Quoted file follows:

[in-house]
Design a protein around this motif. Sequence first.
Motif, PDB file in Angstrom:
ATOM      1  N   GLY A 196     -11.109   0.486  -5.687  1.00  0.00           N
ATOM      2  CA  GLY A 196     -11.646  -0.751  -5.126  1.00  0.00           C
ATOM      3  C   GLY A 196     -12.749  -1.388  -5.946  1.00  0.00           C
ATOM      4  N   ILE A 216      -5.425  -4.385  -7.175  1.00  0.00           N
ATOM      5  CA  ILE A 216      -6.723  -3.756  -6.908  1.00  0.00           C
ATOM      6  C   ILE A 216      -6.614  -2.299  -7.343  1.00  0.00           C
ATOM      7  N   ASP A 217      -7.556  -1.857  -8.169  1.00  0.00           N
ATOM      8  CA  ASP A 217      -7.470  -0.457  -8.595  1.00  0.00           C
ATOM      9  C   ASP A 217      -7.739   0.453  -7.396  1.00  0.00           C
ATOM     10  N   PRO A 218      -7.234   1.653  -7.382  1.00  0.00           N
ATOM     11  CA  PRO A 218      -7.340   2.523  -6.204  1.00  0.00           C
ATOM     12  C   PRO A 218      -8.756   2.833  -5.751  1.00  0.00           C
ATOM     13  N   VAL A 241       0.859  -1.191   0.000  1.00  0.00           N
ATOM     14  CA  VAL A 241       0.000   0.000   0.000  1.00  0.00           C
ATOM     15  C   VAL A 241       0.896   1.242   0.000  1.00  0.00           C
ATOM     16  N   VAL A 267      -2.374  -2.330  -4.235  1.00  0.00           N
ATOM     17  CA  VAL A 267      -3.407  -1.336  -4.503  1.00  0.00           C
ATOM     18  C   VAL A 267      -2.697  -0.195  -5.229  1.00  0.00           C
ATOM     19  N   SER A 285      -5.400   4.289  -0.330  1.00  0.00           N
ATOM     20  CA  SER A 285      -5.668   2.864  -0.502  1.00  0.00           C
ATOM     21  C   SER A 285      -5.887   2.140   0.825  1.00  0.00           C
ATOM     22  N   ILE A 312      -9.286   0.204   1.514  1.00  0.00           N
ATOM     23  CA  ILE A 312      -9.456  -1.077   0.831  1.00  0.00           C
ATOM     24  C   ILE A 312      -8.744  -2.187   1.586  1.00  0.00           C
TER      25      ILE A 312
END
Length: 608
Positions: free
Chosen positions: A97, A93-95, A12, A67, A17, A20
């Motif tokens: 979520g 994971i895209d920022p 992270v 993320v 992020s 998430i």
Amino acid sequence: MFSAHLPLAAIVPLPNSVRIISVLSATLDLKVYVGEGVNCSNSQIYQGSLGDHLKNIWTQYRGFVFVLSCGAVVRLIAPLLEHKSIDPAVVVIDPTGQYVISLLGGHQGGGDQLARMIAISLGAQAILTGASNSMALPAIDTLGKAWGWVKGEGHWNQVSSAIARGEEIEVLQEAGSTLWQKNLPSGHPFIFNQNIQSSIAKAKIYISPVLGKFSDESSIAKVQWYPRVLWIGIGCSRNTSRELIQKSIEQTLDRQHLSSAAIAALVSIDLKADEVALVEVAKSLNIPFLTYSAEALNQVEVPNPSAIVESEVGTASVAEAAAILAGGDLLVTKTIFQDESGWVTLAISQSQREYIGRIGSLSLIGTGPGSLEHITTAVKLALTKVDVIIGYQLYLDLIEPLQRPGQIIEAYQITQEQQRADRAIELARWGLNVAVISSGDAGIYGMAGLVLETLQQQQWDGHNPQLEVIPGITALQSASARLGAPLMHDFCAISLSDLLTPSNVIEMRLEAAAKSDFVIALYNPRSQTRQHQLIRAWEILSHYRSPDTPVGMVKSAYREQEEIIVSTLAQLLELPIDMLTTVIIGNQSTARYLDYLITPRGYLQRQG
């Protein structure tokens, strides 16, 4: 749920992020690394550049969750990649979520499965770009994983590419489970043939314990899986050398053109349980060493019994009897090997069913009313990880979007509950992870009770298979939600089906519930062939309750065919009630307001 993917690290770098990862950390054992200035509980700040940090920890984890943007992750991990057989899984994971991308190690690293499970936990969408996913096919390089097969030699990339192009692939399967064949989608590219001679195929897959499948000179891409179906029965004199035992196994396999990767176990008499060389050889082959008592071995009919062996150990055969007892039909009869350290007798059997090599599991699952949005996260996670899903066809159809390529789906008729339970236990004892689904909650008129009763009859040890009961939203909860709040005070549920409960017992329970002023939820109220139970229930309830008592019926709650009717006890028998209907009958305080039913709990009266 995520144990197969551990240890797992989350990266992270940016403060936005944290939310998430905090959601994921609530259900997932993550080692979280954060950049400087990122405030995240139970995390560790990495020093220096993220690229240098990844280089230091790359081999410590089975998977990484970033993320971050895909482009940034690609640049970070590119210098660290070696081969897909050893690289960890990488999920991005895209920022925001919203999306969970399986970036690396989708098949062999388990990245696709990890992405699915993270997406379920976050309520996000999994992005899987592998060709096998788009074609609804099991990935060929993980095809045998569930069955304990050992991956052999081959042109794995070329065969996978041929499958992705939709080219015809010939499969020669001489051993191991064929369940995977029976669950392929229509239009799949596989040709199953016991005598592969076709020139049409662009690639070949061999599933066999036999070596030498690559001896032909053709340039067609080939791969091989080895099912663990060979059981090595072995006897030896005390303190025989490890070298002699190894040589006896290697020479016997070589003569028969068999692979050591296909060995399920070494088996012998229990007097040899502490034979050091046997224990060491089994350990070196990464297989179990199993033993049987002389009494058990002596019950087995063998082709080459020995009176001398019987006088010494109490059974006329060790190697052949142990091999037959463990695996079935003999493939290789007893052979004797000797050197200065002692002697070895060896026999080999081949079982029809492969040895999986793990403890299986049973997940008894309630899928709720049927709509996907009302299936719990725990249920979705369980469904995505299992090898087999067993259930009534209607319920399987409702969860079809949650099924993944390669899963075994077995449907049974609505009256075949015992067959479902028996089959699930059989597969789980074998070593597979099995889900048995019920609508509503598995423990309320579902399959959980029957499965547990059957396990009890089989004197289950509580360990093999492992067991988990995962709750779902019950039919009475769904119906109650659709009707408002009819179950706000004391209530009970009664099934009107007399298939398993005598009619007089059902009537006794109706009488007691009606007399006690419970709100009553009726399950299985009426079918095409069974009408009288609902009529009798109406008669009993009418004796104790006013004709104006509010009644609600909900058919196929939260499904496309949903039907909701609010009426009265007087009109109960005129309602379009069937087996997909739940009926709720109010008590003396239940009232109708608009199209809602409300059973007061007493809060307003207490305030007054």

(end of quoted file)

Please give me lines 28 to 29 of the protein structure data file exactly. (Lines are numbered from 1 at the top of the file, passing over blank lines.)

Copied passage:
TER      25      ILE A 312
END